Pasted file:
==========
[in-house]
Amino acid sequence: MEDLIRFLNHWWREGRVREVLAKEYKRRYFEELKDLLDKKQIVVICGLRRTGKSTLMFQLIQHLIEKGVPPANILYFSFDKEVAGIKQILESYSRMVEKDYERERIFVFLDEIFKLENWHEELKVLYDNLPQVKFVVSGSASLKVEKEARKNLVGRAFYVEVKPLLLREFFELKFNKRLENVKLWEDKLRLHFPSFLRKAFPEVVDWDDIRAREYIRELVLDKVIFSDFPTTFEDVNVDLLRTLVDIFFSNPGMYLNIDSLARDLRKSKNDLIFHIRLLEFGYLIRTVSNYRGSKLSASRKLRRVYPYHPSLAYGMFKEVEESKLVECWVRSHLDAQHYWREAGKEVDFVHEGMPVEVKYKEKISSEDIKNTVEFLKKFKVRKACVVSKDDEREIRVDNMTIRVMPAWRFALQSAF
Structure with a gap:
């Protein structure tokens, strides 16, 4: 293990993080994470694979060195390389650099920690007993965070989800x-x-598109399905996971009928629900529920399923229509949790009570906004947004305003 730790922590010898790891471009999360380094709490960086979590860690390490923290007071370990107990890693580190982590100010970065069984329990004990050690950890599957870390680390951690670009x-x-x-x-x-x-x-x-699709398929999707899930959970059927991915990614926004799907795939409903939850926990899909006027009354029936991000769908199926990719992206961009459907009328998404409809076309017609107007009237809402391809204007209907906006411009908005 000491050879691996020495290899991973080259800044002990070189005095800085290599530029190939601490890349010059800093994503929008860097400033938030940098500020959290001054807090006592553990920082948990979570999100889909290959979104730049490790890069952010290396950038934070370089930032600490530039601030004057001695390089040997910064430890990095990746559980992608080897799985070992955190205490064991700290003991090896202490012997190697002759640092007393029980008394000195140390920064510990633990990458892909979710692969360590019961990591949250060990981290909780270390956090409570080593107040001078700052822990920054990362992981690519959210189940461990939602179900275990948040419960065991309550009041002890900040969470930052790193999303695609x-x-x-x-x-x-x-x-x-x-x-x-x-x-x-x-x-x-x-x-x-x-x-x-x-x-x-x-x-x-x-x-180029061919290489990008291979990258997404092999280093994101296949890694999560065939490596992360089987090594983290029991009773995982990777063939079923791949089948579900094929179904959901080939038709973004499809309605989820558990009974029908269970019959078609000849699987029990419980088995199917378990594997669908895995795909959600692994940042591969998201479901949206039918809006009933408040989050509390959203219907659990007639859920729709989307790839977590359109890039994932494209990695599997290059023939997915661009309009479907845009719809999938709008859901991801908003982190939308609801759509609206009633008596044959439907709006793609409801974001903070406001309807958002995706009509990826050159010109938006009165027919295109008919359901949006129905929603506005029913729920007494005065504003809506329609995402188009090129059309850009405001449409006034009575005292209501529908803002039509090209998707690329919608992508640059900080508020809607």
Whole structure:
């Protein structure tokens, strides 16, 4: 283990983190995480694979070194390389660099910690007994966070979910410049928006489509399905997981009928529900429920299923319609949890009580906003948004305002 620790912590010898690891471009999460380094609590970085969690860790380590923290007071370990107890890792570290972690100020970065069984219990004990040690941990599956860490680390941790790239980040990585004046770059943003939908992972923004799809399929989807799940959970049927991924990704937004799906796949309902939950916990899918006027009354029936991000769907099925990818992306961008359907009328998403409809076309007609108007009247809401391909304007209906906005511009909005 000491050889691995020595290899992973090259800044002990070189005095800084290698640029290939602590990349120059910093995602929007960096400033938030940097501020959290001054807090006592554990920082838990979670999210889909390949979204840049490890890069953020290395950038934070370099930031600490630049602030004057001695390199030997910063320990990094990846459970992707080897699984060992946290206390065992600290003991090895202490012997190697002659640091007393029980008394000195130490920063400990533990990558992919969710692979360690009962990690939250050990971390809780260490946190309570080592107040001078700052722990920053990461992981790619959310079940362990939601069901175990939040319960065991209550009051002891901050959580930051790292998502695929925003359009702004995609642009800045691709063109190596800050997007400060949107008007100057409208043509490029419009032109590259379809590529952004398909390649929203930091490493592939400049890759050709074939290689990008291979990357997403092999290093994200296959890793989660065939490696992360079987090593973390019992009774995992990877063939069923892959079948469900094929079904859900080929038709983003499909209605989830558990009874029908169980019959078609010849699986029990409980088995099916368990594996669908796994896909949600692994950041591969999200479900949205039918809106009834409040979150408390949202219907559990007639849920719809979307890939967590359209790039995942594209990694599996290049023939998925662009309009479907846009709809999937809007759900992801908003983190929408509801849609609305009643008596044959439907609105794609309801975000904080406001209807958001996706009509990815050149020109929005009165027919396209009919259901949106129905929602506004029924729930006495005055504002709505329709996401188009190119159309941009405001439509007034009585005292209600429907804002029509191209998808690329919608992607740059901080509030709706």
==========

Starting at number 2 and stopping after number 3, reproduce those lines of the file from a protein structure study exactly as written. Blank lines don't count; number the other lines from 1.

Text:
Amino acid sequence: MEDLIRFLNHWWREGRVREVLAKEYKRRYFEELKDLLDKKQIVVICGLRRTGKSTLMFQLIQHLIEKGVPPANILYFSFDKEVAGIKQILESYSRMVEKDYERERIFVFLDEIFKLENWHEELKVLYDNLPQVKFVVSGSASLKVEKEARKNLVGRAFYVEVKPLLLREFFELKFNKRLENVKLWEDKLRLHFPSFLRKAFPEVVDWDDIRAREYIRELVLDKVIFSDFPTTFEDVNVDLLRTLVDIFFSNPGMYLNIDSLARDLRKSKNDLIFHIRLLEFGYLIRTVSNYRGSKLSASRKLRRVYPYHPSLAYGMFKEVEESKLVECWVRSHLDAQHYWREAGKEVDFVHEGMPVEVKYKEKISSEDIKNTVEFLKKFKVRKACVVSKDDEREIRVDNMTIRVMPAWRFALQSAF
Structure with a gap: